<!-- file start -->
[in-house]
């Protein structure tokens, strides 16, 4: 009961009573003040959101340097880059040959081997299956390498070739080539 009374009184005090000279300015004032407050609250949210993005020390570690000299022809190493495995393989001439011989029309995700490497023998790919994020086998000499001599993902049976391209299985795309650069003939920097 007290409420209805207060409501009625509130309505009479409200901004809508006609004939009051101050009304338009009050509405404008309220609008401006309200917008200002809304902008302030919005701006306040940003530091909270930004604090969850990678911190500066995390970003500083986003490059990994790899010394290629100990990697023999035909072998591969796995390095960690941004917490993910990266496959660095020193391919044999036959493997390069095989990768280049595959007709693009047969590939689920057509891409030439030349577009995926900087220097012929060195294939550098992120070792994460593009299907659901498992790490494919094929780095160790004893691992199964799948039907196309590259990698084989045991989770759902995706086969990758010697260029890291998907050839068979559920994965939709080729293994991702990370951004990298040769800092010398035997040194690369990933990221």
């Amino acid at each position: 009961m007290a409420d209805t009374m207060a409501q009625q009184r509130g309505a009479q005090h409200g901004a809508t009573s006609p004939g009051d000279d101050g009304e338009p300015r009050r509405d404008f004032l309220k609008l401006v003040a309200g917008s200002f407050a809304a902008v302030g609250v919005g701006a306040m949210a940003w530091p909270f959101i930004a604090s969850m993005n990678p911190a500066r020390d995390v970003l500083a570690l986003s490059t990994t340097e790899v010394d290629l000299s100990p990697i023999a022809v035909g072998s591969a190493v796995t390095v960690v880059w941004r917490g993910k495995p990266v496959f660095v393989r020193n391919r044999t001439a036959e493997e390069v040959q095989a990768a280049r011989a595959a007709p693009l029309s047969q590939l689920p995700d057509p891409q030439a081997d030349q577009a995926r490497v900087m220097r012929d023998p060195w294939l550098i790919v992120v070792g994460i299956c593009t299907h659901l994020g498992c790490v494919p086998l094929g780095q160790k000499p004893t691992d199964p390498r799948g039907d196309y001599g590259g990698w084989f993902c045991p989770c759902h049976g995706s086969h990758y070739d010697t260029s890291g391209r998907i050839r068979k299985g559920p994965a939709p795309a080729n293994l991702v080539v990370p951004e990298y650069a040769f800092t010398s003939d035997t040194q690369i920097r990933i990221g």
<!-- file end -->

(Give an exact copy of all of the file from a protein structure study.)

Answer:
[in-house]
């Protein structure tokens, strides 16, 4: 009961009573003040959101340097880059040959081997299956390498070739080539 009374009184005090000279300015004032407050609250949210993005020390570690000299022809190493495995393989001439011989029309995700490497023998790919994020086998000499001599993902049976391209299985795309650069003939920097 007290409420209805207060409501009625509130309505009479409200901004809508006609004939009051101050009304338009009050509405404008309220609008401006309200917008200002809304902008302030919005701006306040940003530091909270930004604090969850990678911190500066995390970003500083986003490059990994790899010394290629100990990697023999035909072998591969796995390095960690941004917490993910990266496959660095020193391919044999036959493997390069095989990768280049595959007709693009047969590939689920057509891409030439030349577009995926900087220097012929060195294939550098992120070792994460593009299907659901498992790490494919094929780095160790004893691992199964799948039907196309590259990698084989045991989770759902995706086969990758010697260029890291998907050839068979559920994965939709080729293994991702990370951004990298040769800092010398035997040194690369990933990221």
């Amino acid at each position: 009961m007290a409420d209805t009374m207060a409501q009625q009184r509130g309505a009479q005090h409200g901004a809508t009573s006609p004939g009051d000279d101050g009304e338009p300015r009050r509405d404008f004032l309220k609008l401006v003040a309200g917008s200002f407050a809304a902008v302030g609250v919005g701006a306040m949210a940003w530091p909270f959101i930004a604090s969850m993005n990678p911190a500066r020390d995390v970003l500083a570690l986003s490059t990994t340097e790899v010394d290629l000299s100990p990697i023999a022809v035909g072998s591969a190493v796995t390095v960690v880059w941004r917490g993910k495995p990266v496959f660095v393989r020193n391919r044999t001439a036959e493997e390069v040959q095989a990768a280049r011989a595959a007709p693009l029309s047969q590939l689920p995700d057509p891409q030439a081997d030349q577009a995926r490497v900087m220097r012929d023998p060195w294939l550098i790919v992120v070792g994460i299956c593009t299907h659901l994020g498992c790490v494919p086998l094929g780095q160790k000499p004893t691992d199964p390498r799948g039907d196309y001599g590259g990698w084989f993902c045991p989770c759902h049976g995706s086969h990758y070739d010697t260029s890291g391209r998907i050839r068979k299985g559920p994965a939709p795309a080729n293994l991702v080539v990370p951004e990298y650069a040769f800092t010398s003939d035997t040194q690369i920097r990933i990221g």